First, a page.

Supposedly, this little film from François Truffaut — who also plays the lead role — is one of the filmmaker’s most personal works. There’s certainly evidence of this since the photographs of the honored dead on the wall of a disused chapel that Julien Davenne (Truffaut) turns into a personal shrine include both people from Truffaut’s own life and some he simply admired. The screenplay by Truffaut and Jean Gruault was adapted from two Henry James novellas. (If nothing else, that should clue you in on the fact that the movie is the furthest thing from “action-packed.”) Set in the 1920s, it concerns a man, Davenne, who is in a state of perpetual mourning for his late wife, but more, he’s a man who appears to be consumed by guilt simply for not being among the dead or maimed of the First World War. He’s obsessed with the past and the idea of keeping the memories of the dead alive — to the point that he denies himself any kind of real life of his own since to move ahead strikes him as a betrayal. (He’s outraged when an old friend remarries.) The film is nothing if not on the morbid side, but it’s also strangely involving — and occasionally quite beautiful. Unfortunately, whatever visual delights the film may have had are badly represented in the current copies that are available, which are quite muddy and murky, and do the film no favors.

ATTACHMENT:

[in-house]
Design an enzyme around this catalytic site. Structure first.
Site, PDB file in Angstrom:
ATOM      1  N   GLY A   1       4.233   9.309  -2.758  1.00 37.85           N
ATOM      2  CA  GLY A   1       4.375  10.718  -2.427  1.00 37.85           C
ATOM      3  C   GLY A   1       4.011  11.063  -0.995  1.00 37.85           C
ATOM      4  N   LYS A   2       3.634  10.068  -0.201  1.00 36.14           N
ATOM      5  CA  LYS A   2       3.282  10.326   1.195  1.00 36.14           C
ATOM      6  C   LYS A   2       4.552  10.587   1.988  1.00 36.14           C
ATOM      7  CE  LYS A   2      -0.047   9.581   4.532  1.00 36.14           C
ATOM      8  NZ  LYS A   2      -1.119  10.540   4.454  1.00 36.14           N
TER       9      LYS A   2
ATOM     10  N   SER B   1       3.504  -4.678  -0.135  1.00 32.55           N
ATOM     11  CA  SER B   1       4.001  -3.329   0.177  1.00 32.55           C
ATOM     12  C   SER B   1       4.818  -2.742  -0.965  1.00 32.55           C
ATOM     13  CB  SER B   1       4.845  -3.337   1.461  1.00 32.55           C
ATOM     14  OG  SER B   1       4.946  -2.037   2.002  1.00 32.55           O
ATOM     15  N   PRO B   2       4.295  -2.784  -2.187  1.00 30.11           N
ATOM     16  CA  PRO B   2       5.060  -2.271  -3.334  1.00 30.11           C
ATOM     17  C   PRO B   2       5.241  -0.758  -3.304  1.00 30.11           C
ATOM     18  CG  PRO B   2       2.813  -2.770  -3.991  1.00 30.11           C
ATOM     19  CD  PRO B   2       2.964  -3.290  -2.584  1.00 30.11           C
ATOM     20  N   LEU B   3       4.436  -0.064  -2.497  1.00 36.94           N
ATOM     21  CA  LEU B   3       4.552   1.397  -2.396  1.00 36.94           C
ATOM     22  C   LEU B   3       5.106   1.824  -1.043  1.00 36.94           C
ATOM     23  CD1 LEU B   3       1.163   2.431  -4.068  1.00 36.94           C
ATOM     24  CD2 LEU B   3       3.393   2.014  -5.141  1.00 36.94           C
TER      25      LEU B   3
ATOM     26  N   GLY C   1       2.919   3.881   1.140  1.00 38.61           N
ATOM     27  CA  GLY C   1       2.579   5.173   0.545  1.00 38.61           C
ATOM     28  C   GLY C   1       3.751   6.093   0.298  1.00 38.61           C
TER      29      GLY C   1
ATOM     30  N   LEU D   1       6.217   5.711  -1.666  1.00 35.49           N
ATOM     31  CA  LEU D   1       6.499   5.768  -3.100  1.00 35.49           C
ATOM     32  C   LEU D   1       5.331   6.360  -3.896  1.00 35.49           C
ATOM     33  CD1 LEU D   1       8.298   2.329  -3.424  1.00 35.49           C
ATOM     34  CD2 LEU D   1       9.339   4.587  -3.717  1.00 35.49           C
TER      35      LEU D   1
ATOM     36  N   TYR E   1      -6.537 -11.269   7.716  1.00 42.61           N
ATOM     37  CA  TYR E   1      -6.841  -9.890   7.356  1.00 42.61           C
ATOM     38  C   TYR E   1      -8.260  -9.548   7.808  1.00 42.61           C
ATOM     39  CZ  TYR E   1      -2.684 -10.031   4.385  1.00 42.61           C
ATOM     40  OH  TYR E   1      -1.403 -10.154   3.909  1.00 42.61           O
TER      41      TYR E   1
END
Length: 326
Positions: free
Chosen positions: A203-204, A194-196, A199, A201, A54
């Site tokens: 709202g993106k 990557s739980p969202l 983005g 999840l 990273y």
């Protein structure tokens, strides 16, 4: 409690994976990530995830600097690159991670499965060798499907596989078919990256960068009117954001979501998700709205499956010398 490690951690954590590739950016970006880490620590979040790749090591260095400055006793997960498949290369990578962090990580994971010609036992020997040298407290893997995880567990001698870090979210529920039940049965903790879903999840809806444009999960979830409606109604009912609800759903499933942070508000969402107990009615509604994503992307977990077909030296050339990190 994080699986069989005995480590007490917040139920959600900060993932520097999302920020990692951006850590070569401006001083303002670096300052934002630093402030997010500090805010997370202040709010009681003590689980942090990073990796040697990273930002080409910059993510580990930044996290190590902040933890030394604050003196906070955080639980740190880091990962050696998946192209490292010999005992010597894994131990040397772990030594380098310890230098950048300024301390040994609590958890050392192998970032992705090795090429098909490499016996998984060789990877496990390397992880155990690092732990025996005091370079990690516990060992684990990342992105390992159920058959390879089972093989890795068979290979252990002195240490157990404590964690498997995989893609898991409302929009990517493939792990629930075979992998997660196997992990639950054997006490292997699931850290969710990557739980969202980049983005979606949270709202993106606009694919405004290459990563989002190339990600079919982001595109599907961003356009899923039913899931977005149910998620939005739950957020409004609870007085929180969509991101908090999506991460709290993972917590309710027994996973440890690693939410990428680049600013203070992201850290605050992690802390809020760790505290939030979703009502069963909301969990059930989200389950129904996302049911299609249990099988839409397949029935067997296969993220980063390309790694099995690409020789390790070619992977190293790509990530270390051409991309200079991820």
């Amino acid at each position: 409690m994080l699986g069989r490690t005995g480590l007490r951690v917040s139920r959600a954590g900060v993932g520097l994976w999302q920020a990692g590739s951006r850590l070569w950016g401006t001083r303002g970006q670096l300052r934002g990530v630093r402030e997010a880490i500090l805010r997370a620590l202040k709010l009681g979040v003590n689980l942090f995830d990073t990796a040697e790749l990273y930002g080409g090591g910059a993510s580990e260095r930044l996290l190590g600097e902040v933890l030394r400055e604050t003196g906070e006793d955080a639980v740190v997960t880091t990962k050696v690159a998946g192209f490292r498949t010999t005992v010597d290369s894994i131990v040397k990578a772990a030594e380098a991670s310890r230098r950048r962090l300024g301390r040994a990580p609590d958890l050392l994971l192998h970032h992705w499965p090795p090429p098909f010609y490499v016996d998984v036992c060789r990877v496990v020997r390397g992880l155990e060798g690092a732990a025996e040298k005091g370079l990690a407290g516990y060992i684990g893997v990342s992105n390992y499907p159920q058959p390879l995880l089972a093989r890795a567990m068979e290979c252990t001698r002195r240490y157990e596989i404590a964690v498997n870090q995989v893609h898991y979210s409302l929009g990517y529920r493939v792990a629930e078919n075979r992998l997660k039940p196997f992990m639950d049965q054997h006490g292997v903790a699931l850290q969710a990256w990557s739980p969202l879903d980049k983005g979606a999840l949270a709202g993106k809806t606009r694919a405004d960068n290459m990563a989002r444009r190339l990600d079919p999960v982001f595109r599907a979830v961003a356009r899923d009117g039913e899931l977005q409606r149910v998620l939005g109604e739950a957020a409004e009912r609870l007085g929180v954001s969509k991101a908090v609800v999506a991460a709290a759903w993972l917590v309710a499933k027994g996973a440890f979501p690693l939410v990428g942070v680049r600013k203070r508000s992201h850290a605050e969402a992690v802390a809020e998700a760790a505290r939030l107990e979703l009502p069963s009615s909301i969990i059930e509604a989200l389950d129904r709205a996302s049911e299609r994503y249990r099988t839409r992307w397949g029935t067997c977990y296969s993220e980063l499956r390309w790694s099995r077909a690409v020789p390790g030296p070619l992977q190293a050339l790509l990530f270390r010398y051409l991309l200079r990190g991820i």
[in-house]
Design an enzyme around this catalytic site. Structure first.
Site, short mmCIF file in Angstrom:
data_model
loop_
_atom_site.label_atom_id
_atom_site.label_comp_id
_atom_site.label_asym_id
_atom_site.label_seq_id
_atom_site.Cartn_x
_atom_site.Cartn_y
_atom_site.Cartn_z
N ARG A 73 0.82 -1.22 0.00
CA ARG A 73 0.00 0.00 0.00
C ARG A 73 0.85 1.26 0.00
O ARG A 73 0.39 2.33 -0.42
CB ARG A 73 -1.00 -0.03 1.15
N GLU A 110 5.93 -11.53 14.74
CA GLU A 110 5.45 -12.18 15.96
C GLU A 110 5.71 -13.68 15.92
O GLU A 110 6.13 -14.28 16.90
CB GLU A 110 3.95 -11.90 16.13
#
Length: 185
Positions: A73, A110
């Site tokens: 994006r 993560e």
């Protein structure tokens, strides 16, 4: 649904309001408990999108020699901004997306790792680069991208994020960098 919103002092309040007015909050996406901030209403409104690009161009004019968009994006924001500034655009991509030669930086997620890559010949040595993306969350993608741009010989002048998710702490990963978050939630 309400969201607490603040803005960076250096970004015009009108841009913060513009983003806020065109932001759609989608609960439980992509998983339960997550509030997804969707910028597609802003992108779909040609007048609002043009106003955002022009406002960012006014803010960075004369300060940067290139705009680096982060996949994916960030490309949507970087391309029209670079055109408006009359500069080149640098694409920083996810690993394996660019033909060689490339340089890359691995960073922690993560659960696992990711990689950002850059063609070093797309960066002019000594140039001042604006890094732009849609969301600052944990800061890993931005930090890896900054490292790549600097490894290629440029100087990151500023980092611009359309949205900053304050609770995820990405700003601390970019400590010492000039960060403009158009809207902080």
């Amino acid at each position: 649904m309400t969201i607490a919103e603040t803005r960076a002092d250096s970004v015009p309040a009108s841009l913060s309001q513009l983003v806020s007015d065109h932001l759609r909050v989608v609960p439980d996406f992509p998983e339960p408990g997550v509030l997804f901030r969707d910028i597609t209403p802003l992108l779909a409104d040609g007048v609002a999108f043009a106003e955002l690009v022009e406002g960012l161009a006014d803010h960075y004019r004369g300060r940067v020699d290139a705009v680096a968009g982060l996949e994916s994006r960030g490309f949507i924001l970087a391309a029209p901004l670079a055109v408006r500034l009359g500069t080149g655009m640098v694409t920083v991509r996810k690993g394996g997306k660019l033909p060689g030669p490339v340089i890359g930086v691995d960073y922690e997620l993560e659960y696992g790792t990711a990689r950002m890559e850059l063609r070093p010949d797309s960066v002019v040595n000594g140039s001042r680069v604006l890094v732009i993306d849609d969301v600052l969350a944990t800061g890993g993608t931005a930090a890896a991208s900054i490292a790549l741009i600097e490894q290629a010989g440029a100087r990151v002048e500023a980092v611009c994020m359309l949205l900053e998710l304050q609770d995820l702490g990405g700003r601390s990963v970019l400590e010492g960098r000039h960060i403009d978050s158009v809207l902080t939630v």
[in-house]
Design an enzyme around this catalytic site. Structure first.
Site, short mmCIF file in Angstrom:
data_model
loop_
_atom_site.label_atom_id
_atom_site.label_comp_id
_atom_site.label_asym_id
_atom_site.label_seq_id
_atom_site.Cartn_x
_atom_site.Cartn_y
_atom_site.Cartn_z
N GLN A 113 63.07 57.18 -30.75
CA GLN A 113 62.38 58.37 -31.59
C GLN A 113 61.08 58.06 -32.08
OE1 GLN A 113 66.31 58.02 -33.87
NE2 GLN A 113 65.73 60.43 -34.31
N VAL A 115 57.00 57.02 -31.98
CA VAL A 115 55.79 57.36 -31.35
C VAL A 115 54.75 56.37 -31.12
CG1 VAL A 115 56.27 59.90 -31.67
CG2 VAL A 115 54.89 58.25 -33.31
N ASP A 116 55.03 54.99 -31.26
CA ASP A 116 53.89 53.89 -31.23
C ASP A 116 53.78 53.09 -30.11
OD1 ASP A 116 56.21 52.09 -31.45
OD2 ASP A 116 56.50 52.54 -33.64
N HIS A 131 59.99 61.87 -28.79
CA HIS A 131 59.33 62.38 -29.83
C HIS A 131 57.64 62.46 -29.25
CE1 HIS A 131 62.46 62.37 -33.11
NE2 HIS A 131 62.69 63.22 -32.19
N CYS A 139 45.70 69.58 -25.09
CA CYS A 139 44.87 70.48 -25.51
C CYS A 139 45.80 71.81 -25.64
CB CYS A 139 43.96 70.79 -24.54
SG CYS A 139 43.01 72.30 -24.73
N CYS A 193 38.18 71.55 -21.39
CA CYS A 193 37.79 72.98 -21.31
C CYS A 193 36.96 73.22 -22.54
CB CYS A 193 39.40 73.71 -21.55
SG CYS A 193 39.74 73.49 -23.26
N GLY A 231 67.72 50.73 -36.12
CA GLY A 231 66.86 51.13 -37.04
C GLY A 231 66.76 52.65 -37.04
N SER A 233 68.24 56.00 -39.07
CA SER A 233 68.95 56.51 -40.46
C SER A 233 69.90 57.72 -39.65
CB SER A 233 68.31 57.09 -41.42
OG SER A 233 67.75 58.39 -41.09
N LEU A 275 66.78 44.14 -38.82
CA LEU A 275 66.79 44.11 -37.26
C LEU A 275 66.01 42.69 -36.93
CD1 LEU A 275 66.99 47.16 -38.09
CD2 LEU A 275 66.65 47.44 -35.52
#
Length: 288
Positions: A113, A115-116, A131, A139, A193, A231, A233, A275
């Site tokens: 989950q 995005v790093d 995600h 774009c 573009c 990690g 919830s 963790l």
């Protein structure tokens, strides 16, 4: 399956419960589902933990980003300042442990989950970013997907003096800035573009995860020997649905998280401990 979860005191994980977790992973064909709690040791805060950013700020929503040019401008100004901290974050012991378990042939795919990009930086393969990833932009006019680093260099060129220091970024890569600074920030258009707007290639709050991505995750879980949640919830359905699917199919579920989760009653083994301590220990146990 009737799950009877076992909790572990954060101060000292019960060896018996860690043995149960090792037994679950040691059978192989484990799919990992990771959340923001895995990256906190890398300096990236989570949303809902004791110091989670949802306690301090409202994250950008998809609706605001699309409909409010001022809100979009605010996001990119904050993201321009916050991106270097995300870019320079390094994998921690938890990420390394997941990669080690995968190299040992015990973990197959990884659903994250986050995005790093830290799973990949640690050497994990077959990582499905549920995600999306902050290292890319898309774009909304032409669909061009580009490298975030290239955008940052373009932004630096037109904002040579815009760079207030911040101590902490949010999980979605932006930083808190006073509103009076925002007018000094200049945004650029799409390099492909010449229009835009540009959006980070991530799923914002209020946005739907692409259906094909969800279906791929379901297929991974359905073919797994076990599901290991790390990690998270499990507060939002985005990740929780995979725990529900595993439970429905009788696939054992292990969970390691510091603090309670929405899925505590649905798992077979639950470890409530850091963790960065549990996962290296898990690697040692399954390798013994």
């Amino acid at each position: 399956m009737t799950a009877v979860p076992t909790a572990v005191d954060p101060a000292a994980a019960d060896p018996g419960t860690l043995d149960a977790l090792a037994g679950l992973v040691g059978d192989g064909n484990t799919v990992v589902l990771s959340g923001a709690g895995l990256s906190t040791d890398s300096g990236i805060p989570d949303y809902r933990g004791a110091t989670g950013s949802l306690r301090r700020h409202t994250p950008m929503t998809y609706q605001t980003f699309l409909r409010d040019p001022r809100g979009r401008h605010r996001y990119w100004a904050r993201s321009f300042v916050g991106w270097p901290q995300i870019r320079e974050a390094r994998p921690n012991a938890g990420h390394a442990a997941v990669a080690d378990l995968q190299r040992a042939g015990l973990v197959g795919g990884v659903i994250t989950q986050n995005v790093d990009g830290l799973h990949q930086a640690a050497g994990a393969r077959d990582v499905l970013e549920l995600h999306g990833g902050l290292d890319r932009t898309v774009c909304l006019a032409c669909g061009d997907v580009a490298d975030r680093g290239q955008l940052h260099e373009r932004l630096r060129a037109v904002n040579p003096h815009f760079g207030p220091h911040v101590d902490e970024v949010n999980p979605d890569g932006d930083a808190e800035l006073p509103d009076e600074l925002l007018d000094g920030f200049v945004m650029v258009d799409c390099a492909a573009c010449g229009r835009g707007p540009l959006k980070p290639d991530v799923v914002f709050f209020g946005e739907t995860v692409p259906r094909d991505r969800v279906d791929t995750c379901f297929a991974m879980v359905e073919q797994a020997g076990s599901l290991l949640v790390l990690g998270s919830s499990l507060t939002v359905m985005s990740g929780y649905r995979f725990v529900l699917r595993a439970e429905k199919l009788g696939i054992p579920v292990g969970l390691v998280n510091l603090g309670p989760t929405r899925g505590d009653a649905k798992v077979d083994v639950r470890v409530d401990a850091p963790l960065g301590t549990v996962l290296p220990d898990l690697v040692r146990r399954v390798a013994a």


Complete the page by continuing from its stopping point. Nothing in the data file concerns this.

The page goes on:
The Hendersonville Film Society will show The Green Room Sunday, Nov. 11 at 2 p.m. in the Smoky Mountain Theater at Lake Pointe Landing Retirement Community (behind Epic Cinemas), 333 Thompson St., Hendersonville.